I’ve often stated that the NBA is more like Championship Wrestling than an actual sport. It’s more about the personalities than the actual games. And today, the NBA script writers earned their Emmy. Lebron James is returning to Cleveland.
Cleveland management had to scurry to take down the comical comic-sans screed posted by ownership when Lebron left town four years ago. In that manifesto, ownership guaranteed a championship for their slighted city before Lebron got one in Miami. Two championships later, on his return Lebron is saying he’s not guaranteeing anything, but that there’s nothing he wants more than to bring a trophy home to the place he grew up.
His letter to Sports Illustrated has been carefully crafted, vetted by lawyers, agents, PR experts, sycophants, and Lebron’s mom, but you know what? I actually believe it. I think that’s where he wants to raise his kids. I think it’s where he wants to end his career. It doesn’t hurt that no major sports team from Cleveland has won a championship in 50 years; he brings them a title, he’s God in that town. By my reckoning, he has four years.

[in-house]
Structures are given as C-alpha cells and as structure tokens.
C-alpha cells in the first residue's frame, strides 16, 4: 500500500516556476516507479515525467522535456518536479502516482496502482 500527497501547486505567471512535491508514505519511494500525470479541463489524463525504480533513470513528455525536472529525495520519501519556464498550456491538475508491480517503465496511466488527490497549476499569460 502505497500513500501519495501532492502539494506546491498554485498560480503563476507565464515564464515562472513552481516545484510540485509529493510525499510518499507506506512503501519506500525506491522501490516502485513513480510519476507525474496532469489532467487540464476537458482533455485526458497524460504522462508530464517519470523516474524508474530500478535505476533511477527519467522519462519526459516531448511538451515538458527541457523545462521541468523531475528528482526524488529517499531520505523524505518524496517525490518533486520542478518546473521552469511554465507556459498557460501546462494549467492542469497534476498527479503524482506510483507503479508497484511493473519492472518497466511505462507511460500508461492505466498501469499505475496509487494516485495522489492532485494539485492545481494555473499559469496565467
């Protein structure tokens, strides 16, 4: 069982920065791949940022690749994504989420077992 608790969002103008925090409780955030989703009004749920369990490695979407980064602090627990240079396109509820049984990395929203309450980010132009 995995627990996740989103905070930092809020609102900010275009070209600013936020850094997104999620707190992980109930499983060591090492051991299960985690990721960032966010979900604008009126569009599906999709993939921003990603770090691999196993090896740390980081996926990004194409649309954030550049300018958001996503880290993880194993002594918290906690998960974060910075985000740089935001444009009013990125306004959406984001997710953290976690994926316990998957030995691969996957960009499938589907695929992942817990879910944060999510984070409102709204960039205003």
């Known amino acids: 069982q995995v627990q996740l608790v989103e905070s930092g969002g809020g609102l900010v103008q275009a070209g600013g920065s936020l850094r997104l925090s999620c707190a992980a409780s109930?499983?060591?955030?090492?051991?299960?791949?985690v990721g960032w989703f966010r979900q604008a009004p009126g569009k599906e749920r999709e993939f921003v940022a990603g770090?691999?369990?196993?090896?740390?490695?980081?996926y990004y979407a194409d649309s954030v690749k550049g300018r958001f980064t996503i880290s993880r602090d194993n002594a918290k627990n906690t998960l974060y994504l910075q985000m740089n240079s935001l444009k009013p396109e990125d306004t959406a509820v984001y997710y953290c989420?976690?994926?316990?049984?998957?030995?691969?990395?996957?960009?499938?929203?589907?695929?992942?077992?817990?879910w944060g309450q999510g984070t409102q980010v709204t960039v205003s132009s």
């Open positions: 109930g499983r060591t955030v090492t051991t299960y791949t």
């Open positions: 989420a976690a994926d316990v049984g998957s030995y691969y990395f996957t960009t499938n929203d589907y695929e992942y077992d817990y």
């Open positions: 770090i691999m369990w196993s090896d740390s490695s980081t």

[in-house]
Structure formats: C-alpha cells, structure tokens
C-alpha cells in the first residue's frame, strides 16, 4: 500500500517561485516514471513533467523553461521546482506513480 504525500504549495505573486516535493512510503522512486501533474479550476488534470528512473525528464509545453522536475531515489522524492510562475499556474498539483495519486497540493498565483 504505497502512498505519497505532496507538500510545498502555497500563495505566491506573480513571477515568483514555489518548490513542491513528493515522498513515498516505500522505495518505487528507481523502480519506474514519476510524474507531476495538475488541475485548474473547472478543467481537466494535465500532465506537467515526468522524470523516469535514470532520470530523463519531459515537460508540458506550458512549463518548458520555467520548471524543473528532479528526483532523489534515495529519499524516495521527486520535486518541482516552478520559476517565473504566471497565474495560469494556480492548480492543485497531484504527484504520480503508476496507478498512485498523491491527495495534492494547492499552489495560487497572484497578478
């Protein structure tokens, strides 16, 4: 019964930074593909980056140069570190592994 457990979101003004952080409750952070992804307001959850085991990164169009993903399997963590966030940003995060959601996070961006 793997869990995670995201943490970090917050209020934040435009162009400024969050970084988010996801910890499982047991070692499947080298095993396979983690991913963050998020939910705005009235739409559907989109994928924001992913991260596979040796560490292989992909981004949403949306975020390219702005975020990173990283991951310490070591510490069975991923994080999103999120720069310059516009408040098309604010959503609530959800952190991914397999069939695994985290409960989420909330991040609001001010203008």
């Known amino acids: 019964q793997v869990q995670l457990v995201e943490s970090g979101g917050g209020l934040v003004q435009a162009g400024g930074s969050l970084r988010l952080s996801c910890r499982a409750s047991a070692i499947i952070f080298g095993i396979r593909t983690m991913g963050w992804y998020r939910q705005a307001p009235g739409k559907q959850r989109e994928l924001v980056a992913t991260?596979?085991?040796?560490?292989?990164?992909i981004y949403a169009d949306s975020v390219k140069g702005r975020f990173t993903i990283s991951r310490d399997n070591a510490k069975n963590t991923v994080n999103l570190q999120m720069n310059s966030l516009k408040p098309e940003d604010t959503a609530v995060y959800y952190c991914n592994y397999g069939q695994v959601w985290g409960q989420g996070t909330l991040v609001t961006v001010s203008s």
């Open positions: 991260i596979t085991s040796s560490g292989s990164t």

Meanwhile, in Miami, the Heat will be determined to prove that they can be good without Lebron, that the other highly-paid superstars can carry the team, that Lebron was just a cog in the machine. They will fail. This past year management put the team on Lebron’s shoulders through the grind of the season to rest their other stars, and then in the finals the well-rested other stars vanished and Lebron ran out of gas. I’m no expert on sports, and certainly not on sorta-sports like professional basketball, but I won’t be putting any money on the boys from South Beach this year.
But as a fellow writer, I have to tip my hat to the NBA. Here’s a story that even non-fans in the offseason are talking about. That’s a good script.